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During the earliest months of 2020, prior to pandemic-related lockdowns in the U.S., the housing market was continuing to gain strength on the back of a solid but slow-growing economy with low unemployment. In January of that year, thanks to a 30-year mortgage rate ranging from 3.6% to 3.7%, the median-priced home was more affordable than renting, fueling demand from renters eager to buy their first home.

With typical tenants paying 33% of their monthly per-capita income on rents and the average homeowner paying just 22% of their monthly per-capita income on mortgage payments, making the switch from renter to homeowner often made great financial sense.

However, by the end of 2022 as both mortgage rates and home prices continued to rise sharply, that payment ratio difference between owning and renting had flipped. While the share of monthly per-capita incomes paid by tenants to landlords rose just a few percentage points to 36%, for homeowners it jumped to 37%. Although rates for traditional 30-year fixed rate mortgages have recently trended downward from their highs of last fall, they are unlikely to fall enough in 2023 to match the high affordability levels of early 2020. As a consequence, the most affordable housing markets are likely to gain popularity in the months ahead.

Since these are national median figures, these same ratios will vary a bit between markets, with some homeowners paying up to 67% for principal and interest, and renters paying up to 58% in the most overvalued markets. At the other end of the spectrum in the most undervalued markets, homeowners are paying below 25% of median per-capita incomes for mortgage payments and below 27% for rent.

In these cases, if the general rule of thumb is to avoid paying more than 30% of a household’s gross income on housing, then a number of metropolitan statistical areas (MSAs) are undervalued based on local earnings, providing potential upside in equity gains and rents for both homeowners and investors.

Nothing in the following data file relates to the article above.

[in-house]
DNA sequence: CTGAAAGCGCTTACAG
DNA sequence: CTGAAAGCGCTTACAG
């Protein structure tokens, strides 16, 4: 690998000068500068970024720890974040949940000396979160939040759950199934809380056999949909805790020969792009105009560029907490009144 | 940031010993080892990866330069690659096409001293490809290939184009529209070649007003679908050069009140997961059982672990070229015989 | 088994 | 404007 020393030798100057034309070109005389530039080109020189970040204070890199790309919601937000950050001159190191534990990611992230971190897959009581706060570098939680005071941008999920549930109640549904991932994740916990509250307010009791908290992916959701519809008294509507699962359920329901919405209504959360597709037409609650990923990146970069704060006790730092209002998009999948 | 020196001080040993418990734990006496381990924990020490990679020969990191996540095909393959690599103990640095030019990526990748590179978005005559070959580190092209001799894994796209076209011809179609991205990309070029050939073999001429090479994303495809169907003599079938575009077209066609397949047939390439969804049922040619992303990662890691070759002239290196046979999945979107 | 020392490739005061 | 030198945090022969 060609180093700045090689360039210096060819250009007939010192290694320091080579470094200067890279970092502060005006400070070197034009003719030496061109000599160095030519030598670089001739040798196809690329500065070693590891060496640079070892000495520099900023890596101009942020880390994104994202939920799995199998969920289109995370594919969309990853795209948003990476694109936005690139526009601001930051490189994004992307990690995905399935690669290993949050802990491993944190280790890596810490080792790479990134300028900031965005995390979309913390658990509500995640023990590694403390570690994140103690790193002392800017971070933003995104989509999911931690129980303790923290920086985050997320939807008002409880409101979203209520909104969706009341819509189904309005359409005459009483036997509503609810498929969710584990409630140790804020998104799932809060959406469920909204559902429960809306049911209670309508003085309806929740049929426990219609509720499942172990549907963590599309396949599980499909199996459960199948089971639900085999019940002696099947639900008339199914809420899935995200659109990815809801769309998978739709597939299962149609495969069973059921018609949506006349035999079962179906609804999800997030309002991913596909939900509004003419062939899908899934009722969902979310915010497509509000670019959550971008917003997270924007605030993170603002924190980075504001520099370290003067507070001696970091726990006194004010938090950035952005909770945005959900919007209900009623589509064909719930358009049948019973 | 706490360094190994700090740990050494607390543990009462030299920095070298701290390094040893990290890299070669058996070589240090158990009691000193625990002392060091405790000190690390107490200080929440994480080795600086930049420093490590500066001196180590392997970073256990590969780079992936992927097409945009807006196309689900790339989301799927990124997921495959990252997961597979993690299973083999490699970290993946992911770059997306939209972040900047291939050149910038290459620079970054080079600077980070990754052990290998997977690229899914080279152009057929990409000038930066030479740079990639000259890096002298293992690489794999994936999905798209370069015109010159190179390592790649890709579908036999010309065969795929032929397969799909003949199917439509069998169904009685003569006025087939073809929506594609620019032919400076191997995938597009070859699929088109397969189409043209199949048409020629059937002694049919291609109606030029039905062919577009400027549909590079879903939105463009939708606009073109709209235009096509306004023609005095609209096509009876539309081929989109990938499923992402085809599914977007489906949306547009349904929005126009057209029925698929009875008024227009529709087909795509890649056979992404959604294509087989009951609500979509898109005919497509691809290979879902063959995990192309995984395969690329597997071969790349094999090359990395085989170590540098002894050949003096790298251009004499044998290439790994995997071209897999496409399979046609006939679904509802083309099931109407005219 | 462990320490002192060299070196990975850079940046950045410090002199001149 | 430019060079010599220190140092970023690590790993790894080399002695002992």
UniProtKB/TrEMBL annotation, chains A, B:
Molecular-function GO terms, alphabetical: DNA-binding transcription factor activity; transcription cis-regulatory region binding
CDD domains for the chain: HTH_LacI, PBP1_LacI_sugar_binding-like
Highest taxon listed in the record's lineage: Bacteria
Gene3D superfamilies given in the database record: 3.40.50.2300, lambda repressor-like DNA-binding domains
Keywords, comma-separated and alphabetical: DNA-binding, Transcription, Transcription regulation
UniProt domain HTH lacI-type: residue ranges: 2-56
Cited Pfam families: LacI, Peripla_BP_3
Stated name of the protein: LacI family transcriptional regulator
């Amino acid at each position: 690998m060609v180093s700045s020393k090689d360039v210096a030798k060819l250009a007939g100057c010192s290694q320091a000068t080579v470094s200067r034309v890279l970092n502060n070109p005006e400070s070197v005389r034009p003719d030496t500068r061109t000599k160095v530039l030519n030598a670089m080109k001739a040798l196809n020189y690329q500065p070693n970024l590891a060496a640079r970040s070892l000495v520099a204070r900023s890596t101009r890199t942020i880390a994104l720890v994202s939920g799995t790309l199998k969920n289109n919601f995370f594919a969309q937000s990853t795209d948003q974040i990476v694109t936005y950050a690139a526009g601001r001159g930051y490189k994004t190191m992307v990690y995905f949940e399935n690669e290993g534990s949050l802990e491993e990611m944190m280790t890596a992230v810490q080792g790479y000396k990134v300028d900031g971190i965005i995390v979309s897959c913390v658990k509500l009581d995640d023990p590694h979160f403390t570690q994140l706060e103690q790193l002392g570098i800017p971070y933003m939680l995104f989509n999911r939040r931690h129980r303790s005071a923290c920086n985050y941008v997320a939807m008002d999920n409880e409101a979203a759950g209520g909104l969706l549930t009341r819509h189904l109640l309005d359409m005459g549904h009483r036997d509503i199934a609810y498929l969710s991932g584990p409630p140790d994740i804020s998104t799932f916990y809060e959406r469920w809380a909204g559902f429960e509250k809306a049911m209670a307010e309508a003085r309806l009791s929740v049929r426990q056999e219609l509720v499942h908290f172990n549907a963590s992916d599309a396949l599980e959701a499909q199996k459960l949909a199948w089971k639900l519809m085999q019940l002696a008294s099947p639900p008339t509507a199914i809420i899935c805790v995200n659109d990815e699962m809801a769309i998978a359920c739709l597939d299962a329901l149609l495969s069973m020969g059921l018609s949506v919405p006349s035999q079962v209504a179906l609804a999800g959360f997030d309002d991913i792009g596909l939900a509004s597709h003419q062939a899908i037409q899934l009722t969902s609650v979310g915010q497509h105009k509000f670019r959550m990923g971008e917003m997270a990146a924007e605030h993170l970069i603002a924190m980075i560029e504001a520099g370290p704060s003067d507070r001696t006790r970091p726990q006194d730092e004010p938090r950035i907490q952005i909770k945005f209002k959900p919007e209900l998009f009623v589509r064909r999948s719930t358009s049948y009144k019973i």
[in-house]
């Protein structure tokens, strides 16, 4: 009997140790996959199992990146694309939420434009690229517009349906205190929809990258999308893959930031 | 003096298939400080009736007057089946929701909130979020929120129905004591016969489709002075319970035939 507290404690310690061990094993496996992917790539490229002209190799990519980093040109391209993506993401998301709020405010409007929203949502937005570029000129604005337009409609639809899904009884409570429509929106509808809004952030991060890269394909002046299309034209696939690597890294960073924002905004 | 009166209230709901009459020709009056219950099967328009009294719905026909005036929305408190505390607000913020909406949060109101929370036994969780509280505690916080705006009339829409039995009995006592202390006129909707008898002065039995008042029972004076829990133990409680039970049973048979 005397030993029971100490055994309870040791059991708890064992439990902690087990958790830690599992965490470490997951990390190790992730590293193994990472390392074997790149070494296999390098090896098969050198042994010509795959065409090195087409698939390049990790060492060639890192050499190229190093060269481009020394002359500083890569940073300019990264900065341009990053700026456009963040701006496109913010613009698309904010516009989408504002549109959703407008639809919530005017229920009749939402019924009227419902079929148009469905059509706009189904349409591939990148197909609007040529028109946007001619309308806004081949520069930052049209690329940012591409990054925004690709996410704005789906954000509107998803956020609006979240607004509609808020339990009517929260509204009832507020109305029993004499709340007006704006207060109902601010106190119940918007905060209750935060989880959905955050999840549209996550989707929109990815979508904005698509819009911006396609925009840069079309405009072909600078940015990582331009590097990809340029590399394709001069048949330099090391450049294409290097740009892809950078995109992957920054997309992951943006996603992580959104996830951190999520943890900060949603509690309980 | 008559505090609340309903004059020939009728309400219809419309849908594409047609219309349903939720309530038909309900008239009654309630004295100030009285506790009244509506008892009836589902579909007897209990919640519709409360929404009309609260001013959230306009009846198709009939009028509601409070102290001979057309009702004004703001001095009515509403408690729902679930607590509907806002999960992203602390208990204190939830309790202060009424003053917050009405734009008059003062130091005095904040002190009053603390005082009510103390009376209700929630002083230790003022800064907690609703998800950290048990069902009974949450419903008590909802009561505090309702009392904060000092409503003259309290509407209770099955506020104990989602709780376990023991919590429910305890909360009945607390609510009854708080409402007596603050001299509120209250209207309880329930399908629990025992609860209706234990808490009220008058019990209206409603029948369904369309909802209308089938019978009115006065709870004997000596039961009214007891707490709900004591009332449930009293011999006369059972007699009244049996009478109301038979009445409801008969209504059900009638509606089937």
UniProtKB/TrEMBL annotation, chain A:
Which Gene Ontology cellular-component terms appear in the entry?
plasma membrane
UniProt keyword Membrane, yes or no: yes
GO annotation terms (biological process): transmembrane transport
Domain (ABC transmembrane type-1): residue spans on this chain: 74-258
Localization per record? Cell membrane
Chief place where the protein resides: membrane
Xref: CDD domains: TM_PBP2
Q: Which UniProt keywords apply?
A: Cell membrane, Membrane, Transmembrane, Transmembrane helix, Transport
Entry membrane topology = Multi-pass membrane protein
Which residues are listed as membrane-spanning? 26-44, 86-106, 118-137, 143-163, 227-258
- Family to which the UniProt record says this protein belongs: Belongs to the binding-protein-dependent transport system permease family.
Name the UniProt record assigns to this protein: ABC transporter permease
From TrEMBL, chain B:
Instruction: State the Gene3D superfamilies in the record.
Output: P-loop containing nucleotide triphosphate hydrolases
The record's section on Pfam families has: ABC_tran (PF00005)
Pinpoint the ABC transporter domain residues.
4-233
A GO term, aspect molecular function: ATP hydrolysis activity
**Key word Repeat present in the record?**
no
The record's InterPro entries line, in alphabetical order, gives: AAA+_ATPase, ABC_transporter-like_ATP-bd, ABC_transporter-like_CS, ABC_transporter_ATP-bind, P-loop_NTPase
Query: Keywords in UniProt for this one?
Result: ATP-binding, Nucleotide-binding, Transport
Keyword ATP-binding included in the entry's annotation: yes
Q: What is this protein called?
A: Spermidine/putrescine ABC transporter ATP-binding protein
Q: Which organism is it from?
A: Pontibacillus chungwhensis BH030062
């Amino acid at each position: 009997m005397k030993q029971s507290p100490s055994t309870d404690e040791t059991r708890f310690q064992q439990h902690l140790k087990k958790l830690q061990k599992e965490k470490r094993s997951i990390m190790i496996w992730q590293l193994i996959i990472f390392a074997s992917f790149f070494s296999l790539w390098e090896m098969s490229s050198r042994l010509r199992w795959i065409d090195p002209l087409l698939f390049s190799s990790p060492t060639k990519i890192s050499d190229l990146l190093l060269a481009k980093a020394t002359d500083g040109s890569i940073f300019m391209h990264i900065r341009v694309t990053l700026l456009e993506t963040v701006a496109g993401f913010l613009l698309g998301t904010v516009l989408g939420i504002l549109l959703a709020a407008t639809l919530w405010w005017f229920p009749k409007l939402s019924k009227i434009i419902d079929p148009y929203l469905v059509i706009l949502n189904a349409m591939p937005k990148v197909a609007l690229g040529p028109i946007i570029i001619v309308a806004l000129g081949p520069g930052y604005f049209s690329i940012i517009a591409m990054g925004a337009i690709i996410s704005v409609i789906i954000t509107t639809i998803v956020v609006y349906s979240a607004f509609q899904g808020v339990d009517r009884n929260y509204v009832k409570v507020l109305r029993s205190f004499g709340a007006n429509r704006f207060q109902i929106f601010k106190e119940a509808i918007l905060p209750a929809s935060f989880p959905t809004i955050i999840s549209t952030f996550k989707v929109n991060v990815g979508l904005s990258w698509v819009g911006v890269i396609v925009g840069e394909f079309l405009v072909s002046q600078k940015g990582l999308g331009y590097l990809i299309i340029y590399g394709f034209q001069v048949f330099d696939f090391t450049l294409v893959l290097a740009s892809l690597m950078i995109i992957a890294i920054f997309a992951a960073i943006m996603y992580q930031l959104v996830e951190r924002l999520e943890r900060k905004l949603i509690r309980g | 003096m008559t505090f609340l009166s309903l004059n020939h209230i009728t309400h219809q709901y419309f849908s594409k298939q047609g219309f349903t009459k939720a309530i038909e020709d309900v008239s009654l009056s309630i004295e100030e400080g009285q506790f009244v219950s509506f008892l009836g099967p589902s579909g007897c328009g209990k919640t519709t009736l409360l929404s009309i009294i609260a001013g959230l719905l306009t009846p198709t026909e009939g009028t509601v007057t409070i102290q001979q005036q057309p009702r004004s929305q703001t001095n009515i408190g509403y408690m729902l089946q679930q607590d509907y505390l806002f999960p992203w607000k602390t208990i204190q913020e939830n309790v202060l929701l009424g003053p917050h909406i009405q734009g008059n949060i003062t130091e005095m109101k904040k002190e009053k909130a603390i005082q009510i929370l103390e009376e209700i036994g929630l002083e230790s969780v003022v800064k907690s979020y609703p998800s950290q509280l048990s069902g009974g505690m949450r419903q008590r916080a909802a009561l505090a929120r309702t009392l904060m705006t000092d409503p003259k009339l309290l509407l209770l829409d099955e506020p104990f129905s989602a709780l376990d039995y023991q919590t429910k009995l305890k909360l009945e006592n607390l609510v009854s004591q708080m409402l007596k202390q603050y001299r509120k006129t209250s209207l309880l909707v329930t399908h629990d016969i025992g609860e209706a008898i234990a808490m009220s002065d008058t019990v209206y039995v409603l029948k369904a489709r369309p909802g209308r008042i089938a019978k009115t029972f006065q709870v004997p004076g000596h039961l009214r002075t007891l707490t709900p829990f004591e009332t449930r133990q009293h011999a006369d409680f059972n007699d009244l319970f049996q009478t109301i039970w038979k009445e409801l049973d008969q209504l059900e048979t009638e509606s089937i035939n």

Key Findings:

While it makes sense to see former Rust Belt cities such as Detroit, Cleveland and St. Louis topping the list of the most undervalued markets in which to buy a home, in more recent years many of them have started to revitalize their economies with new ideas, companies and investments. For the Detroit MSA, the median payment-to-income ratio of 17.4% is less than half that of the 36.6% ratio for the overall U.S., which is continuing to boost interest from homeowners and investors currently living in other states and even other countries.

For renters, while Detroit is in the top 20 most undervalued markets, this ranking is led by the greater Omaha, Nebraska, area with a rent-to-income ratio of 22.3%, which is 38% less than the 35.8% ratio for the U.S. While St. Louis and Cleveland also join Detroit in being low-cost markets for renters, due to high incomes other markets such as San Jose, California, and Richmond, Virginia, are able to offer tenants a median rent-to-income ratio that is significantly lower than the national average.

Our data for these rankings are primarily sourced from the U.S. News Housing Market Index, an interactive platform providing a data-driven overview of the housing market nationwide. See the U.S. News Housing Market Index.

According to the Department of Housing and Urban Development, households should avoid spending more than 30% of their gross monthly incomes on a place to live, as that means less money left over for the rest of life’s necessities and emergencies. While that 30% rule may not apply to households with higher incomes and lower debt in areas such as Atlanta or Dallas, it’s still a useful formula to rank the country’s most undervalued housing markets.

For the purposes of this ranking, we chose November 2022, the most recent month for which we have comprehensive data from the U.S. News Housing Market Index. However, we encourage visitors investigating various housing markets to check with the online interface for updates at least once per month. See the methodology here.

Undervalued Homes for Sale

If you’re in the market to purchase a home, the following five MSAs are the most undervalued, with a payment-to-income ratio below 24%. This ratio is well below the maximum rate recommended by HUD and significantly below the national average of nearly 37%:

  • Detroit: 17.4%
  • Cleveland: 18.9%
  • St. Louis: 21.7%
  • Philadelphia: 22.3%
  • Cincinnati: 23.6%

The top 20 most undervalued housing markets include not just Midwest regions, but also cities near the East Coast and in Southern states such as Texas, Georgia and Florida. Still, while each of these markets report mortgage payment-to-income ratios under the national median of 36.6%, if that ratio gradually falls back to its pre-pandemic level of 22%, home prices in multiple markets could fall further in order to return to previous affordability levels.